It was great seeing Anthony play so well at the Masters.  He will definitely be wearing a green jacket one day.  Can’t wait.

Fred Couples

I love this guy.  My brother and I have been playing and watching golf since we were kids.  Freddie Couples was one of my favorites.  Many years ago he went through a bad divorce and his golf game suffered.  He went from being one of the best to being irrelevant.  After the divorce he remarried and his family life seems to have settled down.  It is really cool to see the success of his professional life parallel the happiness he has in his family life.

Tiger Woods

I have never been a fan of Tiger.  I respect his talent and work ethic.  That’s about it.  His temper tantrums are silly.  Cursing, throwing clubs…he is a child. Tiger fans say, “Well, you have to be an a—— if you want to be the best.”  Well if being the best means you are a lame husband and father and that you have to act like a spoiled brat on the golf course…then give me second place every time.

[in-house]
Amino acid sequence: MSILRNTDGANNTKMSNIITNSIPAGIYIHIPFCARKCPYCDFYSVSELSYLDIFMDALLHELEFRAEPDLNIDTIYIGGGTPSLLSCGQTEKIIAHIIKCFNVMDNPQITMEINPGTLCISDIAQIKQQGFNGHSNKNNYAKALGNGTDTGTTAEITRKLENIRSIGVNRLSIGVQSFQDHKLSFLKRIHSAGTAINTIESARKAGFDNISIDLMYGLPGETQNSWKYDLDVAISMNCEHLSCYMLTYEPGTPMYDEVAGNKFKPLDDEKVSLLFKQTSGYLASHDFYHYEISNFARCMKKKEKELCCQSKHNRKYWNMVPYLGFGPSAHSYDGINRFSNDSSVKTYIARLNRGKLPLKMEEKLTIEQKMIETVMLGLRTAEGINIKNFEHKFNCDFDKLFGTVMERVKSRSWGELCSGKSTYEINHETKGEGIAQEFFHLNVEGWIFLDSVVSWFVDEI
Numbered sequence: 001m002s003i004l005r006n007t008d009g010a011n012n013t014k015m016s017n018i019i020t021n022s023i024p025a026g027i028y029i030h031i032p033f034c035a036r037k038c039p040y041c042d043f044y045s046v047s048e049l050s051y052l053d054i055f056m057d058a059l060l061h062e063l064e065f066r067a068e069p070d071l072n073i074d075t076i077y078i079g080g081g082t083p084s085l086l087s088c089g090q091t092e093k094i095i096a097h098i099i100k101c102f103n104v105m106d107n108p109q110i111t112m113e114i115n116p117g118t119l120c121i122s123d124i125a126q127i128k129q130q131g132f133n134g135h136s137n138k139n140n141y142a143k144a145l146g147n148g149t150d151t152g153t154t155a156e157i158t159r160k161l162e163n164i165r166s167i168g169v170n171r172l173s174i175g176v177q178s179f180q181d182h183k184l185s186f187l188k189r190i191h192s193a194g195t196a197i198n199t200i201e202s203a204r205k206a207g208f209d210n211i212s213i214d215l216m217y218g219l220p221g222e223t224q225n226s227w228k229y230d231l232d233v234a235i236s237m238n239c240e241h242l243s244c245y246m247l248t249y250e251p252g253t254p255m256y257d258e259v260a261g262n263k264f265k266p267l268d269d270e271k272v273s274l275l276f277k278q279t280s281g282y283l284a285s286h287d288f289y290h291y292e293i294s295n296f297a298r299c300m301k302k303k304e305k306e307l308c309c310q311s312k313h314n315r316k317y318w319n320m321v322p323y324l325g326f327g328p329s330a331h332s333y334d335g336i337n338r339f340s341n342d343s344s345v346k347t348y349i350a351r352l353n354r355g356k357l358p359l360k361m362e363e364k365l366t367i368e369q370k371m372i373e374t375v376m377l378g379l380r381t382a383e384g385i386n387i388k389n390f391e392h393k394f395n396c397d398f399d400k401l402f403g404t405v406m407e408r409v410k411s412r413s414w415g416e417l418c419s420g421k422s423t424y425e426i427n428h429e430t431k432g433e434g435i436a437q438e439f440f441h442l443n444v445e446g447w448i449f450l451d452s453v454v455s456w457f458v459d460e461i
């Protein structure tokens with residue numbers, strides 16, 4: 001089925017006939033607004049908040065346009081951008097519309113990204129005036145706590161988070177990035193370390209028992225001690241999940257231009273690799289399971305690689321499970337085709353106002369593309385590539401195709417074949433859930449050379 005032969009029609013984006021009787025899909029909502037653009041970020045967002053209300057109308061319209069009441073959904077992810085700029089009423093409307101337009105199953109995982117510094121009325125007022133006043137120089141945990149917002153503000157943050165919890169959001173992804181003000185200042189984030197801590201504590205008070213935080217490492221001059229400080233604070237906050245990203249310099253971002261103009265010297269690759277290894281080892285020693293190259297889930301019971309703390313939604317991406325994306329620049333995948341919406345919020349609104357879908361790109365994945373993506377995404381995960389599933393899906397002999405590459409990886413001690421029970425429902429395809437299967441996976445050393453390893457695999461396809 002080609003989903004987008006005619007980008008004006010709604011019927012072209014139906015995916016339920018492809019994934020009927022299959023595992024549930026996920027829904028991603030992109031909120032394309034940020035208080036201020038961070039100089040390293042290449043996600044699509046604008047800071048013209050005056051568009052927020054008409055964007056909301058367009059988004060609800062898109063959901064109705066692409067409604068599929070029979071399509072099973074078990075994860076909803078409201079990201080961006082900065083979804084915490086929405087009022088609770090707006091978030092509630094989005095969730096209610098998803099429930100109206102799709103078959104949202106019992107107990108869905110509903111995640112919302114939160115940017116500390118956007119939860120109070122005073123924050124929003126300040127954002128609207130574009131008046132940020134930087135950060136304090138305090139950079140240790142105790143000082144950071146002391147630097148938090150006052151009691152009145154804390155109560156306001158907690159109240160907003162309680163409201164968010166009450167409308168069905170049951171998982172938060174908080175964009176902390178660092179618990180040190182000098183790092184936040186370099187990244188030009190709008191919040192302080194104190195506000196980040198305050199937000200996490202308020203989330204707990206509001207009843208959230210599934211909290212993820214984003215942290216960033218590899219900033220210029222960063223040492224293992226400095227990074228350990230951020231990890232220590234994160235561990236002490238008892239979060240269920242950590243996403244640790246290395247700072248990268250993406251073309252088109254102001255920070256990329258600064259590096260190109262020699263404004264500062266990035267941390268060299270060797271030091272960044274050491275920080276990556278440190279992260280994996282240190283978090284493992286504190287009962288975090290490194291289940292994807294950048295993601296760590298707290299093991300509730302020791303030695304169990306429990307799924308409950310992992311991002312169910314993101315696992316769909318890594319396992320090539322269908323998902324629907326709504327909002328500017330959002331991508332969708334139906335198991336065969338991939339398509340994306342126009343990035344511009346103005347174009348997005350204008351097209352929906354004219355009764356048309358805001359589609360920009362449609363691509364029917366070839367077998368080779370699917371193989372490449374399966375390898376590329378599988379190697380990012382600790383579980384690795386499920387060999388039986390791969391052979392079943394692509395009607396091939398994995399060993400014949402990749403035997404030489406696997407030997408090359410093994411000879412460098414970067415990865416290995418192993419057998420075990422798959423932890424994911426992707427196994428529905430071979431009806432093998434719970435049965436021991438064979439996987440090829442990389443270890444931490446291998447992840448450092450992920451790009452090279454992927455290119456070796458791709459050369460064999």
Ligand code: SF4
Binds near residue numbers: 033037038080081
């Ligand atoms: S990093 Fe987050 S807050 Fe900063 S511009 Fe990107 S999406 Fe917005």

That is a weak argument to me.  Being a jerk to a reporter has nothing to do with your performance on the course.  Cussing and throwing your clubs like a little child has nothing to do with your performance.  Cheating on your wife and faking your remorse has nothing to do with your performance. These are not related to your performance.  They are extensions of your character.  Some of you Tiger fans will say, “You don’t know him.  You don’t know what’s in his heart.  How can you say that?”  Well, you are right.  I don’t know what’s in his heart but I think my guess is an informed one based on the awkward weird speech, controlled interview, orchestrated readiness to play at the Masters (who controls media access better than any other event), convincing press conference (yes he convinced me with that one), lame commercial with his late dad’s voice over, true colors on the course, and defensive post-tournament interview.